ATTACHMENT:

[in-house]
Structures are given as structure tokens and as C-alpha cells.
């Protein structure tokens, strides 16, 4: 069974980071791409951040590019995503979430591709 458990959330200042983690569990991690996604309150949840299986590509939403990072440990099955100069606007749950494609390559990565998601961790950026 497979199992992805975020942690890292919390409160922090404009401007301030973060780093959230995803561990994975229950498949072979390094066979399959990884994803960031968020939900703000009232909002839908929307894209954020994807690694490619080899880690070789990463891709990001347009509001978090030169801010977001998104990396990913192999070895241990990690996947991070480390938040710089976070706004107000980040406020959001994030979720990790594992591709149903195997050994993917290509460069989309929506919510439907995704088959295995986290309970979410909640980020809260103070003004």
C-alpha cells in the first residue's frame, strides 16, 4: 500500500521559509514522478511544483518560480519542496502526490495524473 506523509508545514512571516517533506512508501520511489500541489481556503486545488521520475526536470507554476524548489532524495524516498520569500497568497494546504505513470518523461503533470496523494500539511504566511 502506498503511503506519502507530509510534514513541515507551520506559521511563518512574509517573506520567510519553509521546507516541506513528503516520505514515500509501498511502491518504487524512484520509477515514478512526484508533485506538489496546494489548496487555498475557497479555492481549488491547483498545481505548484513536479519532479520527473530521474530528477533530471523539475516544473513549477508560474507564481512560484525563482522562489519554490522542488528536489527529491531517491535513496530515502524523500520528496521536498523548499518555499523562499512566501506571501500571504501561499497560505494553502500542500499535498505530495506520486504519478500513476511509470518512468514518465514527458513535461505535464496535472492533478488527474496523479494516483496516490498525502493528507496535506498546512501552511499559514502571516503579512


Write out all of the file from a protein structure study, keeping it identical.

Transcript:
[in-house]
Structures are given as structure tokens and as C-alpha cells.
């Protein structure tokens, strides 16, 4: 069974980071791409951040590019995503979430591709 458990959330200042983690569990991690996604309150949840299986590509939403990072440990099955100069606007749950494609390559990565998601961790950026 497979199992992805975020942690890292919390409160922090404009401007301030973060780093959230995803561990994975229950498949072979390094066979399959990884994803960031968020939900703000009232909002839908929307894209954020994807690694490619080899880690070789990463891709990001347009509001978090030169801010977001998104990396990913192999070895241990990690996947991070480390938040710089976070706004107000980040406020959001994030979720990790594992591709149903195997050994993917290509460069989309929506919510439907995704088959295995986290309970979410909640980020809260103070003004």
C-alpha cells in the first residue's frame, strides 16, 4: 500500500521559509514522478511544483518560480519542496502526490495524473 506523509508545514512571516517533506512508501520511489500541489481556503486545488521520475526536470507554476524548489532524495524516498520569500497568497494546504505513470518523461503533470496523494500539511504566511 502506498503511503506519502507530509510534514513541515507551520506559521511563518512574509517573506520567510519553509521546507516541506513528503516520505514515500509501498511502491518504487524512484520509477515514478512526484508533485506538489496546494489548496487555498475557497479555492481549488491547483498545481505548484513536479519532479520527473530521474530528477533530471523539475516544473513549477508560474507564481512560484525563482522562489519554490522542488528536489527529491531517491535513496530515502524523500520528496521536498523548499518555499523562499512566501506571501500571504501561499497560505494553502500542500499535498505530495506520486504519478500513476511509470518512468514518465514527458513535461505535464496535472492533478488527474496523479494516483496516490498525502493528507496535506498546512501552511499559514502571516503579512